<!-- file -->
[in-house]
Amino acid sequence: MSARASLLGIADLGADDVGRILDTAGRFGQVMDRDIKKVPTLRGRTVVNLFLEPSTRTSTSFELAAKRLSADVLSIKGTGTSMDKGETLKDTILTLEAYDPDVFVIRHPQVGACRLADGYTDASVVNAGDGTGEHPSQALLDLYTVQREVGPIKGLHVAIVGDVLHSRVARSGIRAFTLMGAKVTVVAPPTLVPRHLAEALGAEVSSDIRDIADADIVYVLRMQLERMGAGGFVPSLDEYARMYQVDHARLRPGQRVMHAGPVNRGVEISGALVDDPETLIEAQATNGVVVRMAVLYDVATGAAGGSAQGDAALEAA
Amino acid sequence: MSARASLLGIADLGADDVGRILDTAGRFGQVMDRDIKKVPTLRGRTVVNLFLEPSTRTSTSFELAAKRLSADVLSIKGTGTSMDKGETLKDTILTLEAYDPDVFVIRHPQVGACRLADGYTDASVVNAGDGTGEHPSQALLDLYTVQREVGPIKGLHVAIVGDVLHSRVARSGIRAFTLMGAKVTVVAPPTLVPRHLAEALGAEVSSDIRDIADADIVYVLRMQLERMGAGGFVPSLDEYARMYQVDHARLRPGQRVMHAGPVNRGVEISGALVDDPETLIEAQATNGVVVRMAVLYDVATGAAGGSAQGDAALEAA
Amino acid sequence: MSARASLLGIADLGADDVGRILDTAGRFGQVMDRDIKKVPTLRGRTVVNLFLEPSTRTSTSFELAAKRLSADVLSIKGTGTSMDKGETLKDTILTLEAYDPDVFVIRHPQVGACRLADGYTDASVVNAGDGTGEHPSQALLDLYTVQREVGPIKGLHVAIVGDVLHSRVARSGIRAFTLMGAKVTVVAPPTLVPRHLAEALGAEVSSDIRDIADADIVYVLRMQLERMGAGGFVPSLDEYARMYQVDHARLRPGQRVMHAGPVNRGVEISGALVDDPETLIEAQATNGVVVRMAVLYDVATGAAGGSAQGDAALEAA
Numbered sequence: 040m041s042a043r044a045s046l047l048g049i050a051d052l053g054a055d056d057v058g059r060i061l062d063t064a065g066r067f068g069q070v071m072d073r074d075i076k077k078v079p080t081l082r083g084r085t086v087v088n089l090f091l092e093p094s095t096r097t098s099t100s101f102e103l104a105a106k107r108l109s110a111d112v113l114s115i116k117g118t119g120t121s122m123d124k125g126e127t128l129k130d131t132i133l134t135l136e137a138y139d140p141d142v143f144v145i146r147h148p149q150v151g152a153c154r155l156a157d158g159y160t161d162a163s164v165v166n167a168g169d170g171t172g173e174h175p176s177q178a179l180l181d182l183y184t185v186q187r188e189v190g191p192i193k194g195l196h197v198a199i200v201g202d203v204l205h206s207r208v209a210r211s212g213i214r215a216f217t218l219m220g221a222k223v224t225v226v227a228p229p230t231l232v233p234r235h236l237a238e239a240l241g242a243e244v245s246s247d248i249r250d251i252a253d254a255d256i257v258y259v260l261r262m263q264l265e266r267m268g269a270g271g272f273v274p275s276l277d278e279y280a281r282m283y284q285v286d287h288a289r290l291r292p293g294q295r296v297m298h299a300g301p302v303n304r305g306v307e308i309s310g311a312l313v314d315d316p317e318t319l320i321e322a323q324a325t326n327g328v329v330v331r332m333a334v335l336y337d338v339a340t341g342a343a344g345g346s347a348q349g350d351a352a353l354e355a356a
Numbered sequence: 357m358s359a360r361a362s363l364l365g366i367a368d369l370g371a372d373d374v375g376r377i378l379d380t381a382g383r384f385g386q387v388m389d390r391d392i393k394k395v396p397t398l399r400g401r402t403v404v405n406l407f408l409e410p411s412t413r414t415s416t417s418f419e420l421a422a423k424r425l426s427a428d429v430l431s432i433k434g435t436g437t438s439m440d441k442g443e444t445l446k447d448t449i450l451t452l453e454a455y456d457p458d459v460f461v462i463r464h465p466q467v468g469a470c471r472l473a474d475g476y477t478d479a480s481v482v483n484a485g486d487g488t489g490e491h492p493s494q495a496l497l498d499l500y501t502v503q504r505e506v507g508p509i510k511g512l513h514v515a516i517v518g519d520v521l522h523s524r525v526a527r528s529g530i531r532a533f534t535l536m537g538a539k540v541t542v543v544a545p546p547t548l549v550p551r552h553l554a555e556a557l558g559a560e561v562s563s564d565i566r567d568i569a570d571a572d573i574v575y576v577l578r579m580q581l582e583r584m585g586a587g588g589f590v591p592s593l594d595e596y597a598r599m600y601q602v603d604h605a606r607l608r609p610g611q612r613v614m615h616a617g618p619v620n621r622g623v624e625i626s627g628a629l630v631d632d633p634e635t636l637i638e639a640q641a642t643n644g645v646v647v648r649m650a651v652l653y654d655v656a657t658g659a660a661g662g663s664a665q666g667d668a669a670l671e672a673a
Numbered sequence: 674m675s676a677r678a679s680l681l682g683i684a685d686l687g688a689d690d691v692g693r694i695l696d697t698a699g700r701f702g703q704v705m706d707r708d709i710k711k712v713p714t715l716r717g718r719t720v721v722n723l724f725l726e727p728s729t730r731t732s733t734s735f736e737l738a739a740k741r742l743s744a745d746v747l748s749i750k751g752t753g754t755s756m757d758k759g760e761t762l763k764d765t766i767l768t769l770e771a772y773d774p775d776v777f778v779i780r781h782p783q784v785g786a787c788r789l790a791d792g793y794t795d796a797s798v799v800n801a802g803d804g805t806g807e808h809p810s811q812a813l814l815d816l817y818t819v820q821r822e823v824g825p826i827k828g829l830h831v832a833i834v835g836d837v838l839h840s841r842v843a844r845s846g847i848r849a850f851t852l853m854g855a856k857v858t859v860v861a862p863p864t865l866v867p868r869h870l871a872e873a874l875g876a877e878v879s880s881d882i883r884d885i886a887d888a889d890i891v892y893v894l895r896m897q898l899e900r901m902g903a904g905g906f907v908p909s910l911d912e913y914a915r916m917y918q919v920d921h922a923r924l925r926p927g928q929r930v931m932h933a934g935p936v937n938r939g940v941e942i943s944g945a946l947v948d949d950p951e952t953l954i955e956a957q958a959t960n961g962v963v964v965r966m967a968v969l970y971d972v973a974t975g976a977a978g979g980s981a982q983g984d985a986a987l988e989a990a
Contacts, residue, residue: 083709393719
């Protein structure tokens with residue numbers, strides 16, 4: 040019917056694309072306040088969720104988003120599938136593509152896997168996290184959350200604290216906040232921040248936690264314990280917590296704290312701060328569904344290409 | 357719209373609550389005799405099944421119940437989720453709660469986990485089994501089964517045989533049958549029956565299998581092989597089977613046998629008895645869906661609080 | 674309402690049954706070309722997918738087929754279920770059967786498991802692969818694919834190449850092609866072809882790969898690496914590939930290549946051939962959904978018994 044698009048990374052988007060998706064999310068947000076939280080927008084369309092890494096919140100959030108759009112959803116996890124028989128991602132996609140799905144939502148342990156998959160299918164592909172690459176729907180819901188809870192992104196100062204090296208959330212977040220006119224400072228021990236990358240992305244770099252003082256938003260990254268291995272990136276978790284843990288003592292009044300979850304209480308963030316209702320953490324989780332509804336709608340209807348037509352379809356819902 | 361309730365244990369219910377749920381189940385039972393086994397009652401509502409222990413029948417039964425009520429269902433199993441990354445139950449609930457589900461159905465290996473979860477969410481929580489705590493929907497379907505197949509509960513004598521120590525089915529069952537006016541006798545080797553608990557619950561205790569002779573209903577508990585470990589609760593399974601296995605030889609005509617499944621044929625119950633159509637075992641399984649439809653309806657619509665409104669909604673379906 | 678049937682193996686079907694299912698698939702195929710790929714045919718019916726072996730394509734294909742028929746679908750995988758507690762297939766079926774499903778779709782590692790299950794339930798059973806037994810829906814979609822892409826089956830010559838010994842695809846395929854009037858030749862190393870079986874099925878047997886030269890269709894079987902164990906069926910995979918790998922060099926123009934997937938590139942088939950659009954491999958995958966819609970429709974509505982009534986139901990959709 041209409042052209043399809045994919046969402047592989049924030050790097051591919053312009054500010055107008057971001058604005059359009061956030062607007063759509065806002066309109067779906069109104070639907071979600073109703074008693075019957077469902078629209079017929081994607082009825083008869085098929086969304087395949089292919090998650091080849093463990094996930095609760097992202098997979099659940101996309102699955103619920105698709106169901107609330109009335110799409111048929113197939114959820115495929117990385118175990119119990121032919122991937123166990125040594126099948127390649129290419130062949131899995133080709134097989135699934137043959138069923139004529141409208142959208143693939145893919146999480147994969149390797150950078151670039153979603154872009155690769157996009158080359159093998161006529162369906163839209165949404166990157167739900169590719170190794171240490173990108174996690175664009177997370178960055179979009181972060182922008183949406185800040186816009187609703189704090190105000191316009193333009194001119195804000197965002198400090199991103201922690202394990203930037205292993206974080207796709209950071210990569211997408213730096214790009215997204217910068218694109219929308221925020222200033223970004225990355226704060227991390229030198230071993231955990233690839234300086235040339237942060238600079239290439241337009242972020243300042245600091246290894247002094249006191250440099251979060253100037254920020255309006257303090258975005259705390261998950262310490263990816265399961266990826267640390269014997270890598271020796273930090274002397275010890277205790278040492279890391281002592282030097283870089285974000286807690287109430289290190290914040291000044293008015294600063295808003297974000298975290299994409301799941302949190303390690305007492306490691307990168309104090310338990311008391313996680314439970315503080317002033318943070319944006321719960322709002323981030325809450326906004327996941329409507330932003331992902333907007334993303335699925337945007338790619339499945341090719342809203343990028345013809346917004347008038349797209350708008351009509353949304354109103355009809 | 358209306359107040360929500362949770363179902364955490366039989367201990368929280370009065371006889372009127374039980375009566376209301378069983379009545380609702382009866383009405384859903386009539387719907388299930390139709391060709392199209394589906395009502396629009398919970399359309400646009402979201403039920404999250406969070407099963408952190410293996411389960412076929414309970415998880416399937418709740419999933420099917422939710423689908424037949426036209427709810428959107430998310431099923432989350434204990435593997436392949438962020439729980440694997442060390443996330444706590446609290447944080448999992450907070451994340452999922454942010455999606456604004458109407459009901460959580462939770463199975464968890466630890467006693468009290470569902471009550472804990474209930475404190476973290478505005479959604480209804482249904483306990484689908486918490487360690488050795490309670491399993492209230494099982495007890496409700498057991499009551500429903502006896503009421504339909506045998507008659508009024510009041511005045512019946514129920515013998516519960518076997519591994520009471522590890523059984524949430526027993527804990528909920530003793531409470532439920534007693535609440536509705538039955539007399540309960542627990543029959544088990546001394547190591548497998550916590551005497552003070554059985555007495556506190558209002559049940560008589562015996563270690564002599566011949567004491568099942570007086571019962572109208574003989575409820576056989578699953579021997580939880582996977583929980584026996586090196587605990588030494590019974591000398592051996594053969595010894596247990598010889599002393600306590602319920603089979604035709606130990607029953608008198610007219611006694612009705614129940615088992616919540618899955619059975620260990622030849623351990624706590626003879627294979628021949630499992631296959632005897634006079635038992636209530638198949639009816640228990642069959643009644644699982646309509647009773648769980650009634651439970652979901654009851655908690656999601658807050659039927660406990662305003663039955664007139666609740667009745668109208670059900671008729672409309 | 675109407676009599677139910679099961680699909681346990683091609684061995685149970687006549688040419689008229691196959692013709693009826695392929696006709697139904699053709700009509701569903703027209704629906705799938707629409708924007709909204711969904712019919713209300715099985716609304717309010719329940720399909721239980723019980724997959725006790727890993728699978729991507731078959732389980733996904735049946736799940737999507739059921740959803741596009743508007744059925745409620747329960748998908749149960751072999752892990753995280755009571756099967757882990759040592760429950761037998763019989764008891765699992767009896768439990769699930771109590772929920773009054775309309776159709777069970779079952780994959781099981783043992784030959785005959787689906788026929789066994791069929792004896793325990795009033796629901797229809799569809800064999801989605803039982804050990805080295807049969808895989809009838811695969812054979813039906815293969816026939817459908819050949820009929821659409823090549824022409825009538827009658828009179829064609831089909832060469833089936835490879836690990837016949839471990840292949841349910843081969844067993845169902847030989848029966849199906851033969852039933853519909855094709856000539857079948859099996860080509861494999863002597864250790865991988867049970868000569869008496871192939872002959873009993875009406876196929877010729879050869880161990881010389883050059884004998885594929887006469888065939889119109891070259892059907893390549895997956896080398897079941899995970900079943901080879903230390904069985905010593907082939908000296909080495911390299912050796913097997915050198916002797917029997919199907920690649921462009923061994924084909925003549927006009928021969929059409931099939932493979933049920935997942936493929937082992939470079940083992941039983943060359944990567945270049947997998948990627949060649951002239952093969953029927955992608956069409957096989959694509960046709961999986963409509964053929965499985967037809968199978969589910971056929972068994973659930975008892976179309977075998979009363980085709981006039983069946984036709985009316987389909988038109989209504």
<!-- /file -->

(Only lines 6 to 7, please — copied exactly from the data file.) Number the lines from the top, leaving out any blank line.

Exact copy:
Numbered sequence: 357m358s359a360r361a362s363l364l365g366i367a368d369l370g371a372d373d374v375g376r377i378l379d380t381a382g383r384f385g386q387v388m389d390r391d392i393k394k395v396p397t398l399r400g401r402t403v404v405n406l407f408l409e410p411s412t413r414t415s416t417s418f419e420l421a422a423k424r425l426s427a428d429v430l431s432i433k434g435t436g437t438s439m440d441k442g443e444t445l446k447d448t449i450l451t452l453e454a455y456d457p458d459v460f461v462i463r464h465p466q467v468g469a470c471r472l473a474d475g476y477t478d479a480s481v482v483n484a485g486d487g488t489g490e491h492p493s494q495a496l497l498d499l500y501t502v503q504r505e506v507g508p509i510k511g512l513h514v515a516i517v518g519d520v521l522h523s524r525v526a527r528s529g530i531r532a533f534t535l536m537g538a539k540v541t542v543v544a545p546p547t548l549v550p551r552h553l554a555e556a557l558g559a560e561v562s563s564d565i566r567d568i569a570d571a572d573i574v575y576v577l578r579m580q581l582e583r584m585g586a587g588g589f590v591p592s593l594d595e596y597a598r599m600y601q602v603d604h605a606r607l608r609p610g611q612r613v614m615h616a617g618p619v620n621r622g623v624e625i626s627g628a629l630v631d632d633p634e635t636l637i638e639a640q641a642t643n644g645v646v647v648r649m650a651v652l653y654d655v656a657t658g659a660a661g662g663s664a665q666g667d668a669a670l671e672a673a
Numbered sequence: 674m675s676a677r678a679s680l681l682g683i684a685d686l687g688a689d690d691v692g693r694i695l696d697t698a699g700r701f702g703q704v705m706d707r708d709i710k711k712v713p714t715l716r717g718r719t720v721v722n723l724f725l726e727p728s729t730r731t732s733t734s735f736e737l738a739a740k741r742l743s744a745d746v747l748s749i750k751g752t753g754t755s756m757d758k759g760e761t762l763k764d765t766i767l768t769l770e771a772y773d774p775d776v777f778v779i780r781h782p783q784v785g786a787c788r789l790a791d792g793y794t795d796a797s798v799v800n801a802g803d804g805t806g807e808h809p810s811q812a813l814l815d816l817y818t819v820q821r822e823v824g825p826i827k828g829l830h831v832a833i834v835g836d837v838l839h840s841r842v843a844r845s846g847i848r849a850f851t852l853m854g855a856k857v858t859v860v861a862p863p864t865l866v867p868r869h870l871a872e873a874l875g876a877e878v879s880s881d882i883r884d885i886a887d888a889d890i891v892y893v894l895r896m897q898l899e900r901m902g903a904g905g906f907v908p909s910l911d912e913y914a915r916m917y918q919v920d921h922a923r924l925r926p927g928q929r930v931m932h933a934g935p936v937n938r939g940v941e942i943s944g945a946l947v948d949d950p951e952t953l954i955e956a957q958a959t960n961g962v963v964v965r966m967a968v969l970y971d972v973a974t975g976a977a978g979g980s981a982q983g984d985a986a987l988e989a990a